ABAC has dismissed a complaint that Pirate Life made health claims about a beer in its marketing.
The craft brewery, owned by Carlton and United Breweries, has been the first to face ABAC after nearly two months without a mention of beer in its complaints process.
It is the eleventh time that ABAC has reported its judgement on a complaint it received about a Pirate Life marketing in the past 12 months, which have mainly been focused on the company’s social media and packaging materials. This has far outstripped any other brand across the alcohol industry.
The complaint related to Pirate Life’s Kiwifruit and Cherry Fruit Sour product page on its website.
The complainant objected to the alleged health claims in the product copy, including the use of the word probiotic as a description of Lactobacillus, followed by the brewer saying “it’s good for the gut! Well, sort of!”
The objector said that using the term probiotic, a word which is used to make health claims for medicines and some foods could suggest that beer can improve your health.
They also critiqued the suggestion that the product contributes to daily recommended fruit serves by saying “Had your fruit today?” in the advertising copy.
ABAC stipulates that there should not be a suggestion in any marketing materials that an alcoholic beverage offers any “therapeutic benefit”.
Pirate Life owners CUB made a detailed response to the claim, saying their copy was playing on claims that probiotics helped gut health, and that it was a humorous interpretation of health trends.
“CUB is committed to ensuring our promotional and marketing material, and that of our associated entities such as Pirate Life, does not promote or encourage any irresponsible consumption of alcohol,” the response said.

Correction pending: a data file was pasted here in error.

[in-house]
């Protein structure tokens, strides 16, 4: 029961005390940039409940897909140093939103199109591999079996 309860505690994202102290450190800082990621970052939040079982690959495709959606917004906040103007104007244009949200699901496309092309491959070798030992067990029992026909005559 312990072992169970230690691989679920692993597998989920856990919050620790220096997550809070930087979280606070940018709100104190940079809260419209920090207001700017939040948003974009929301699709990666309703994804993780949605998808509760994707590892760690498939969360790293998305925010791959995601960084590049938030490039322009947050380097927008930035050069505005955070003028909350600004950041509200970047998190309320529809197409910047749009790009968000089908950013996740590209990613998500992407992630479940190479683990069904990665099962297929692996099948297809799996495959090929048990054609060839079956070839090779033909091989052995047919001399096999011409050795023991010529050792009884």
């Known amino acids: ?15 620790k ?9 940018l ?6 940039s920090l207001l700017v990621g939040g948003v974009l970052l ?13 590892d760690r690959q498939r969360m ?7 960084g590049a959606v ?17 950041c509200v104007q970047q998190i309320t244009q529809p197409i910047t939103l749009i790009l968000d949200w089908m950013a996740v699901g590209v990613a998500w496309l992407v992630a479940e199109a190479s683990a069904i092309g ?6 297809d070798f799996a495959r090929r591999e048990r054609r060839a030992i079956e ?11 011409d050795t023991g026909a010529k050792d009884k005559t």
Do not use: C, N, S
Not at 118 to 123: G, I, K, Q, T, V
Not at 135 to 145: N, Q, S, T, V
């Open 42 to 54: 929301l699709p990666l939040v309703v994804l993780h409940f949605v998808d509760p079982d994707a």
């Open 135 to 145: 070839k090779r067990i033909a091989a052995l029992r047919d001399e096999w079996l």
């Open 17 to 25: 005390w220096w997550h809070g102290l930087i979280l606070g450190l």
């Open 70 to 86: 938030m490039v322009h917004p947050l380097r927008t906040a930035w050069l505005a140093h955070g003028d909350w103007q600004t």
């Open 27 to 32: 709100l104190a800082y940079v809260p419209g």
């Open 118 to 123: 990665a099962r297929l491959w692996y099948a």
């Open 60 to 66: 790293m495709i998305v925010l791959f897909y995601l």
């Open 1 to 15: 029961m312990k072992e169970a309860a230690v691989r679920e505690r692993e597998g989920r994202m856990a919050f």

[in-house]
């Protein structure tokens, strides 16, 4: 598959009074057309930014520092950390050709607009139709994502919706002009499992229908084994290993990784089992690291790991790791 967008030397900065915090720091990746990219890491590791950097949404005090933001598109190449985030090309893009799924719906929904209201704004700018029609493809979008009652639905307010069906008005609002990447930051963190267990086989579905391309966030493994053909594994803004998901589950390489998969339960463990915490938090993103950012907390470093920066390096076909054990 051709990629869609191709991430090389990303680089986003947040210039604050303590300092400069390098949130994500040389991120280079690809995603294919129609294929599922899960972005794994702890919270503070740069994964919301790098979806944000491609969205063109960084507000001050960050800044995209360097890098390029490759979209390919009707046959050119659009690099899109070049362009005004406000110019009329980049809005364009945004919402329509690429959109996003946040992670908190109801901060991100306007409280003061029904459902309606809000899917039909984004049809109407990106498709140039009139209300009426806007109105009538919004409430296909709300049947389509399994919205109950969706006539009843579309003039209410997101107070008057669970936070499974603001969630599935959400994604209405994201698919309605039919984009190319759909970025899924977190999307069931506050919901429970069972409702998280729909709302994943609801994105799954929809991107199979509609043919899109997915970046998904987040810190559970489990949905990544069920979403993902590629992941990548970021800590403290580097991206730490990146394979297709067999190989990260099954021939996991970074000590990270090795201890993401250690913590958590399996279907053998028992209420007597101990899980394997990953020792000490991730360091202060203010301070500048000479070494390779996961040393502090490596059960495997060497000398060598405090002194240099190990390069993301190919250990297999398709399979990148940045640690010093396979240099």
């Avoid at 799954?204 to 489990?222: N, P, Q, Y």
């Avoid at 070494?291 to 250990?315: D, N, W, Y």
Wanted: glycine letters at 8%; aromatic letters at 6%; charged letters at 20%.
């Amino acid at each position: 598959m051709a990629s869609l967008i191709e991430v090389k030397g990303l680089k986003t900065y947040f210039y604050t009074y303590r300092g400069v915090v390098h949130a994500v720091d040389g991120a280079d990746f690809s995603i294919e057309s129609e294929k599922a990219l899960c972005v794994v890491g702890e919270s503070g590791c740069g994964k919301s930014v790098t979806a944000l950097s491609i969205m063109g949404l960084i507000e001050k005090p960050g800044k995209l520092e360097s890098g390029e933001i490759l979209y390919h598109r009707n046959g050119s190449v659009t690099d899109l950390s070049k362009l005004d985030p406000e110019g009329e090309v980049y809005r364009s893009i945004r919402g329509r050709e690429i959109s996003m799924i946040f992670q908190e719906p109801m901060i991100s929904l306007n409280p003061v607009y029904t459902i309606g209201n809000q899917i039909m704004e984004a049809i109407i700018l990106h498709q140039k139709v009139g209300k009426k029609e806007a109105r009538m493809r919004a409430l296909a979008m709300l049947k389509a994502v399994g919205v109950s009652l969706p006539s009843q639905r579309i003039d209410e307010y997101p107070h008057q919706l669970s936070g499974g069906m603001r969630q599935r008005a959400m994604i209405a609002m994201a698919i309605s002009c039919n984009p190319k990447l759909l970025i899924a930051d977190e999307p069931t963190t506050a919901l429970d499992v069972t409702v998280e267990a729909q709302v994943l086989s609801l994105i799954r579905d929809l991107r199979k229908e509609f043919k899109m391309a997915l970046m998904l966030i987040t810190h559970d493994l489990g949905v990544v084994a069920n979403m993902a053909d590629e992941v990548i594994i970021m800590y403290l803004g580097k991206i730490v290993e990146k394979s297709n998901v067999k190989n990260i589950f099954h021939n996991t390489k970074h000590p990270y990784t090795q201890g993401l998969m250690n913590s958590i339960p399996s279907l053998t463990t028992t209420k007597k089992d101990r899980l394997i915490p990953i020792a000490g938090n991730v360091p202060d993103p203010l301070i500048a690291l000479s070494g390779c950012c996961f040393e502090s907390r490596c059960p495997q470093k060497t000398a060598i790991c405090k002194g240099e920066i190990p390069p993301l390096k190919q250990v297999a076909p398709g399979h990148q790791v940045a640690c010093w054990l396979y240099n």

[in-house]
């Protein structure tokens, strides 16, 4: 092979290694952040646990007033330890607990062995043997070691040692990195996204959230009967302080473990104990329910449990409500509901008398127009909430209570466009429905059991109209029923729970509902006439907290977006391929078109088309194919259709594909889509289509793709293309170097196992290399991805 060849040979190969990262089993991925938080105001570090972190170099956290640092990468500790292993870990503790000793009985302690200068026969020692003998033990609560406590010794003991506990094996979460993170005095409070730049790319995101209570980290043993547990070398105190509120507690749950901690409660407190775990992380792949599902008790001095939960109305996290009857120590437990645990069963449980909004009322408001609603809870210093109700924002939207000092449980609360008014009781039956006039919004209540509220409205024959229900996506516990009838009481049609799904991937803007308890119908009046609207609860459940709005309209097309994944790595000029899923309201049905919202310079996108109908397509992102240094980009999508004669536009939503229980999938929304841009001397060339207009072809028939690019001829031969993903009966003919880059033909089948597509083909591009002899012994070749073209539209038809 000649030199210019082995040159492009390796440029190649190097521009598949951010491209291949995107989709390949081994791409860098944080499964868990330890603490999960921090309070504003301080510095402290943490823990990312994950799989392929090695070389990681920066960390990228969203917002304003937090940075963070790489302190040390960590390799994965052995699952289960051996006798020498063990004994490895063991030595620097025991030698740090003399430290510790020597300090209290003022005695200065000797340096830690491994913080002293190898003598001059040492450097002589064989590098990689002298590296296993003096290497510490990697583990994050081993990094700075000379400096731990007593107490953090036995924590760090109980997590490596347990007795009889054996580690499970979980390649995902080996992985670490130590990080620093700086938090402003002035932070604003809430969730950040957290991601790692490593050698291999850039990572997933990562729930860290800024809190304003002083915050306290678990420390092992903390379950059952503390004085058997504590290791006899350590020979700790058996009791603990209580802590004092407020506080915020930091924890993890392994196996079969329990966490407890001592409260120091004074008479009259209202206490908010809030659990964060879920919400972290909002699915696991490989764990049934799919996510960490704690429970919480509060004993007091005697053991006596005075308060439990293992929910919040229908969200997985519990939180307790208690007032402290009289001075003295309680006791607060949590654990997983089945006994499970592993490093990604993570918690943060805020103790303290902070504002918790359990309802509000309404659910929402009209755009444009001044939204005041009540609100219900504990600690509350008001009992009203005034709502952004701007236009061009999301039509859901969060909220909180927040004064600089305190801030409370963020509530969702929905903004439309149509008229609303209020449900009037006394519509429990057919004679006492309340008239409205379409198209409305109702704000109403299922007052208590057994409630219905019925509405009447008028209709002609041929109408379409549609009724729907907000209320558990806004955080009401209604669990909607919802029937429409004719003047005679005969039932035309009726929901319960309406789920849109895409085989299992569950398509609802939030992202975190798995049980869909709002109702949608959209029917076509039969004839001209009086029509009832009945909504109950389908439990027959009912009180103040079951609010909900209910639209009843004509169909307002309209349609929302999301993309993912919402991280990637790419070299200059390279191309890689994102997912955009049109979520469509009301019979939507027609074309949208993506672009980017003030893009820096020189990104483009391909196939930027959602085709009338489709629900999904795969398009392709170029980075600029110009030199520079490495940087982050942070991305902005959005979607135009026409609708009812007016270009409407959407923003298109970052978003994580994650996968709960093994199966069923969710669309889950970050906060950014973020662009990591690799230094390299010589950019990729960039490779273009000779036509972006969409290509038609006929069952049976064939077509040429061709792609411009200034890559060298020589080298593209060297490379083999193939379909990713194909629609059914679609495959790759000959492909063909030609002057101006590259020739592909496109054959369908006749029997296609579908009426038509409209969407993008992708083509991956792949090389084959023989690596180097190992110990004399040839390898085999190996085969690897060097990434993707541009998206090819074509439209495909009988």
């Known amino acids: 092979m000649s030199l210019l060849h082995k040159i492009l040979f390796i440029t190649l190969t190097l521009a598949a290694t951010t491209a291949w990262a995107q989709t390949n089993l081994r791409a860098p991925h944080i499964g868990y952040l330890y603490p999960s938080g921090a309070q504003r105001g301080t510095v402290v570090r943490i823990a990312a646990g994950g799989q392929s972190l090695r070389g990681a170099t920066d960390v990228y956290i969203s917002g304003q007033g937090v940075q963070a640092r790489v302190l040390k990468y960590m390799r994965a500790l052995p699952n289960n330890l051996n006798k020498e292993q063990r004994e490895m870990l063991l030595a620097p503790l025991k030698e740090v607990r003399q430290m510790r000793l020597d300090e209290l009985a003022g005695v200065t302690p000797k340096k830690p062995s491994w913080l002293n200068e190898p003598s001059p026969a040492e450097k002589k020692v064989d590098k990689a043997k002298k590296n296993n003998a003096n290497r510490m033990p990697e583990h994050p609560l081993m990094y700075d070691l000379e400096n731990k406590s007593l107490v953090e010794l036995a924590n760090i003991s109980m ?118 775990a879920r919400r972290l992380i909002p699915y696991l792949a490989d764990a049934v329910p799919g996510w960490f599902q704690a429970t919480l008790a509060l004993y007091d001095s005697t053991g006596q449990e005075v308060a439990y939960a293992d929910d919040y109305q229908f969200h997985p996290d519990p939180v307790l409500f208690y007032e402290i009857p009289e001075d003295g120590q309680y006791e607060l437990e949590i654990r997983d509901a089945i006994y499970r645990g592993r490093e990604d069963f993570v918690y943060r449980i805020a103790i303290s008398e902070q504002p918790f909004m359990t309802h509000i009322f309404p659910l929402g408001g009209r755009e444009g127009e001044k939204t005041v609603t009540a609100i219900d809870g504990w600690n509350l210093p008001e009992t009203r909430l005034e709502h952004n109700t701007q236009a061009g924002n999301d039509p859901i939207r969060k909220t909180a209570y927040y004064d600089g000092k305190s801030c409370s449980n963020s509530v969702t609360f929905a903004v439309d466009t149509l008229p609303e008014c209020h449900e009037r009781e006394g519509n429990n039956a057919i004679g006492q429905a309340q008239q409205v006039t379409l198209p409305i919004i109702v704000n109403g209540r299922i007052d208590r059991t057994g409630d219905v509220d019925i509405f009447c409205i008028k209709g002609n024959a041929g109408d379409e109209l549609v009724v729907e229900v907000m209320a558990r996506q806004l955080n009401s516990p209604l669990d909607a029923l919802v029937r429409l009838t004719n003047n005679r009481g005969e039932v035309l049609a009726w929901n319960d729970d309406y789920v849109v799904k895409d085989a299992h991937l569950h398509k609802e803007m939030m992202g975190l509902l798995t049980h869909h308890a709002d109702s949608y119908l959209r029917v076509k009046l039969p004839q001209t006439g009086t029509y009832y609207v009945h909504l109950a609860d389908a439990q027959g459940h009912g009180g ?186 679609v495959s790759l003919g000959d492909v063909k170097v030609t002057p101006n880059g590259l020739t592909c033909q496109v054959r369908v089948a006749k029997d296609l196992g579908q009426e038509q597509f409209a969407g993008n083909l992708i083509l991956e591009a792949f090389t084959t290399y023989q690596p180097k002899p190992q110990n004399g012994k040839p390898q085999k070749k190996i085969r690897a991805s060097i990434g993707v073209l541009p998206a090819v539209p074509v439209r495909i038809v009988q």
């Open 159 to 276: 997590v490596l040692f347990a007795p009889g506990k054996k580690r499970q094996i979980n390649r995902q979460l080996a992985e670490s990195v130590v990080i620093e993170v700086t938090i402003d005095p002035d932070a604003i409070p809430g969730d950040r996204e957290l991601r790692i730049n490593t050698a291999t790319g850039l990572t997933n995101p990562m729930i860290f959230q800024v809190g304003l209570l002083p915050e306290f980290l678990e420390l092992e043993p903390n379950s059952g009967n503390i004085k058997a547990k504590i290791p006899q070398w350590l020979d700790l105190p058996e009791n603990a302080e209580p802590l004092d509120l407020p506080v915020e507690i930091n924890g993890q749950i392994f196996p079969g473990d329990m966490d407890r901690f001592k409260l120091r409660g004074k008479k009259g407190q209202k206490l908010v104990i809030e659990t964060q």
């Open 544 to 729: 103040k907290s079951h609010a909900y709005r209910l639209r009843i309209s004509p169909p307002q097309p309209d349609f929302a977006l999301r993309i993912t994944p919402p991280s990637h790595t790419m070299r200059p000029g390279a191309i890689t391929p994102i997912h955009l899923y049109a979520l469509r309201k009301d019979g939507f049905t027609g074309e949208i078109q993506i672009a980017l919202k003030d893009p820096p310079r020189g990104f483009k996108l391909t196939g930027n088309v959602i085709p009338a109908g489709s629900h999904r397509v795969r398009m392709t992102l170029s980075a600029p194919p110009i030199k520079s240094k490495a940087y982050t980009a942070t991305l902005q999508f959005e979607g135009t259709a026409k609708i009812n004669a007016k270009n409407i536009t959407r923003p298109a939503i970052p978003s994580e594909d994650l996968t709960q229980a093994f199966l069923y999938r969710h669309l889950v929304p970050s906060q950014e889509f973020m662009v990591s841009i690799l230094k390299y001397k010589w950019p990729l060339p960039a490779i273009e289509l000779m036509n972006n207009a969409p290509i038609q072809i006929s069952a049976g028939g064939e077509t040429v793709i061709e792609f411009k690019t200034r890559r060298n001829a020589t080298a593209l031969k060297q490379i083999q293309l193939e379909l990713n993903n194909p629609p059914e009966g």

An ABAC adjudication panel said that the marketing description of the beer had been understood very differently by the complainant than it was intended by Pirate Life.
It ruled that “Australians have a robust sense of humour and will generally understand when a serious claim is being made and distinguish this from an item which is light-hearted or ironic” and that a reasonable person would understand the humour of the description, and would not find that a claim about positive health benefits of the beer was being made.
It dismissed the complaint.
This latest Pirate Life determination and another ruling made last month regarding the health claims made by another craft alcohol brand brought to the fore the potential pitfalls when claiming health benefits for alcoholic products.
While the complaint about Pirate Life was dismissed, another recent similar complaint against South Australia’s Impression Gin was upheld.
Impression received complaints over a host of Instagram posts which declared that the product was “designed to leave you glowing”, “infused with antioxidants” and peddling the “promise of great skin”.
Six out of the seven Instagram posts were deemed in breach of the ABAC code. While companies have the right to determine their own brand positioning, and highlight various ingredients and distilling techniques, it cannot suggest that the consumption of the product or any of its component parts will give a consumer positive health benefits.
ABAC made the point however in the Pirate Life ruling that the brewer was clearly joking about any supposed effects. However it said that while companies are entitled to use it, humour “is not an antidote to an alcohol marketing communication which is evidently inconsistent with an ABAC standard” emphasising that brewers should be careful when it comes to health claims about products, even if they are tongue in cheek.